The Jewish greeting is the word "shalom." The Christian uses "pax." The Muslim exclaims "salaam." All three words signify peace. When used colloquially, they are quite literally translated as "friend." The semitic languages identify the greeter as "my man of peace." Islam is defined as "submitting to peace." Herein lies the core concept of The Prophet, Mohammed.

The implications are obvious. The term is more than a casual gesture. It says to the one greeted, "You are not my enemy." It conveys something of the presence of God.

Psalm 40, a text common to all three religions, expresses horror at the individual who turns on his companion. "Even my friend who had my trust and partook of my bread has raised his heel against me." Imagine someone kicking God or God's friend. It is sacrilegious! On this point, all three religions are unanimous. In a recently published primer on the Muslim faith, the French novelist Tahar Ben Jelloun describes to his children the militant actions of al-Qaida as a distortion of their religion, and claims Osama Bin Laden and his disciples have "used a religion of peace to make war on modernity and the West."

The Organization of the Islamic Conference lists 57 Muslim nations. That is a staggering number. Hidden within the raw data are these basic empirical points. Almost all of these nations are governed by a secular Muslim leadership who do not actually disclose the faith of their citizens. Many have been arbitrarily established by 19th-century colonial powers. There is a cleavage between the population and the leader.

Iraq, a product of Great Britain, is just such a state. Its membership consists of Shiites, Sunnis and Kurds. Like their counterparts in the OIC, they all look back to the Islam of the so-called "Golden Age," from the 8th to 11th century, a time characterized by peace, discovery, piety and learning. This Golden Age had no time for sacrilege.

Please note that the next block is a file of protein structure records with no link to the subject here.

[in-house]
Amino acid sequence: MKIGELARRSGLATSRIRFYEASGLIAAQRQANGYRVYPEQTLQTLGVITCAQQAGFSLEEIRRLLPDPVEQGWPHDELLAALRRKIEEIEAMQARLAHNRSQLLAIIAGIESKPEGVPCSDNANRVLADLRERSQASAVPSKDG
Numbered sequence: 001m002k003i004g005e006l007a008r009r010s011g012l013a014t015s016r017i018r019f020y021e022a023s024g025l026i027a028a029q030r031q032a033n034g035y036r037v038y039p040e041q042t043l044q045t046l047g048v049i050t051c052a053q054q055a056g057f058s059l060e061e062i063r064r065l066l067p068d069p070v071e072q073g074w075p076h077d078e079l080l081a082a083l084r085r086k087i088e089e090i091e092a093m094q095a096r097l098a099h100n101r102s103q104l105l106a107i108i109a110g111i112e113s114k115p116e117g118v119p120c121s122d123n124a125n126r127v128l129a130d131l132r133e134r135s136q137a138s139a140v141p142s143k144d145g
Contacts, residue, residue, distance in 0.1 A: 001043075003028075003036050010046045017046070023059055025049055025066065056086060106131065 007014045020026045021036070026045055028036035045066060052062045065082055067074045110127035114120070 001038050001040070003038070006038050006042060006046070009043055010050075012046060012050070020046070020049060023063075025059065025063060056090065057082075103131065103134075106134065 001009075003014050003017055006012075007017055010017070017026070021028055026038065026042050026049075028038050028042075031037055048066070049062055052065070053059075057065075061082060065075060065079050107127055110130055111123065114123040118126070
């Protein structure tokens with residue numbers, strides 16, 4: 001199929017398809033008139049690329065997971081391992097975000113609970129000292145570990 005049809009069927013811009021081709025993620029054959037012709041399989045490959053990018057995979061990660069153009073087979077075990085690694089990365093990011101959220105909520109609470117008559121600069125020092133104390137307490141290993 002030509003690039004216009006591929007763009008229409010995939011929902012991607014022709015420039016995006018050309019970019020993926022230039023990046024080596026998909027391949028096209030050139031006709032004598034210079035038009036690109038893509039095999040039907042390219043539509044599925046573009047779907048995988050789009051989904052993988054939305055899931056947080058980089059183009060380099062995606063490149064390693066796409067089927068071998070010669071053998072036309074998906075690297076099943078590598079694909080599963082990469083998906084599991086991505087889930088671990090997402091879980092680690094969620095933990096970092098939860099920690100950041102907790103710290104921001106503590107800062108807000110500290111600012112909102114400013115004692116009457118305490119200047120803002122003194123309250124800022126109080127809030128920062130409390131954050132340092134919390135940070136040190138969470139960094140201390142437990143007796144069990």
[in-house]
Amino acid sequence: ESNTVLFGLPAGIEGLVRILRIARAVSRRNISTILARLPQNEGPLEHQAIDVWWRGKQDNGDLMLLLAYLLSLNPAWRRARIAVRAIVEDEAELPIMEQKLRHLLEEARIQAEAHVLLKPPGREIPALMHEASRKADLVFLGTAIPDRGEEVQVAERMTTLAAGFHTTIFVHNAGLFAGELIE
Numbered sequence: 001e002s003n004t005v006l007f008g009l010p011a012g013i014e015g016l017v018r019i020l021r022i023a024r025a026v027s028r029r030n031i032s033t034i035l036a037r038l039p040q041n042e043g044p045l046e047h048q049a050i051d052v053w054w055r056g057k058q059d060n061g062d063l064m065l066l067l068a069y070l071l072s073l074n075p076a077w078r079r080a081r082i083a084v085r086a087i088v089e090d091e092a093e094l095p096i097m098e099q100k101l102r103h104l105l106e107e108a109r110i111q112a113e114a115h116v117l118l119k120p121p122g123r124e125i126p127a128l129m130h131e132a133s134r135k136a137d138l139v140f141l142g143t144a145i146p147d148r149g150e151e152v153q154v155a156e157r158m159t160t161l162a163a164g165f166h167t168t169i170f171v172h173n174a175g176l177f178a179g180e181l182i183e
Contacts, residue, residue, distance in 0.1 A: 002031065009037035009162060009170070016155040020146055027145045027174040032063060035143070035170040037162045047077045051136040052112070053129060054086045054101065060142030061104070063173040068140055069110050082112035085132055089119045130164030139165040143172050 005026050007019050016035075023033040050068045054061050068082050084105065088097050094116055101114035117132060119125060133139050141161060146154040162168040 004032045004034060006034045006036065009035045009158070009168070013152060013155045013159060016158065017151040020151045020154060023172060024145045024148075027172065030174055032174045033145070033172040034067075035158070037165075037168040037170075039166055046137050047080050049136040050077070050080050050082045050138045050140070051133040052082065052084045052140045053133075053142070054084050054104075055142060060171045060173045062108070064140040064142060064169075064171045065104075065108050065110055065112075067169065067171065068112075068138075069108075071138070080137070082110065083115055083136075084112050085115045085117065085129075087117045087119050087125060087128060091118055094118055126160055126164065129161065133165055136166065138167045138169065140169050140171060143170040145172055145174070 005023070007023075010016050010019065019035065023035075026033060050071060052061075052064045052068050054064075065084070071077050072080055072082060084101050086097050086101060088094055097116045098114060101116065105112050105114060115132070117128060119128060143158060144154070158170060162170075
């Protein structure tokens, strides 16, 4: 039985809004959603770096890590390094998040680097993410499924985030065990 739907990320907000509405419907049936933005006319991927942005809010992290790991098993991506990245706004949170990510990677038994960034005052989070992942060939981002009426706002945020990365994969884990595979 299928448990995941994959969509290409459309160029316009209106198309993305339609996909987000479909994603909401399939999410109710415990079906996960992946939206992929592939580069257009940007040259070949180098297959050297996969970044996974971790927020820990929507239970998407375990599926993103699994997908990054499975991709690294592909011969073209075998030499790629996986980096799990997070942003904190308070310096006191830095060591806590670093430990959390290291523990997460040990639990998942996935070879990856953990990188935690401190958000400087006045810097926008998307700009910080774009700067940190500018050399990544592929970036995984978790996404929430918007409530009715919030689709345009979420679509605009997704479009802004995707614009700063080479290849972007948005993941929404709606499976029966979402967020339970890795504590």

Twentieth-century diplomacy never acknowledged this historical fact. Nor has it appreciated the aftermath of the collapse of the Ottoman Empire and the fall of the office of Caliph, who symbolizes Islam's great ideals in piety and practicality. At the conclusion of both world wars, in the Treaty of Versailles and at the Tehran Conference, the interests of Islam were never seriously placed on the table, and no Muslim was invited to represent the values of the Prophet Mohammed.

Western leaders have consistently treated the many flare-ups of the Middle East as an itch which simply will not go away.

It came as a shock in 1979 when the Ayatollah Khomeini and his Iranian Revolution burst across the television screen presenting Islam as a political force. That event was a veritable watershed, for it displayed an attitude common throughout the 57 Muslim nations, which was one of resentment for the inattention paid to their treasury of the Islamic faith of the Golden Era. The bond of faith that unites these countries is founded on a common, resilient piety.

In these days of heightened security and fear, let it be remembered that in the history of Islam, Baghdad is precious. It represents the Golden Age, more than a treasured memory for the believers of Islam. It reiterates the late Rabbi Abraham Heschel's principle, "No religion is an island."

Religion is at the basis of all culture. This is also the belief of Pope John Paul II. The three monotheistic faiths embrace peace as a core and common truth. Peace displays components of compassion, harmony, illumination and joy which must be fostered and prayed for. In 1986, leaders of these three religious traditions came together with others at Assisi to pray that famous prayer of St. Francis: "Lord, make me an instrument of your peace."

For this very reason, National Security Adviser Condoleezza Rice addressed President Bush and members of Congress at the National Prayer Breakfast on Feb. 6, "And in the Hadith, we find Muhammad saying: 'No one of you is a believer until he desires for his brother that which he desires for himself.' " On the evidence of the foregoing, let these rumors and threats of war give way to multiple and mighty vigils of intense prayer for peace.

Let the message of the pontiff not go unheeded. He too says, "Salaam."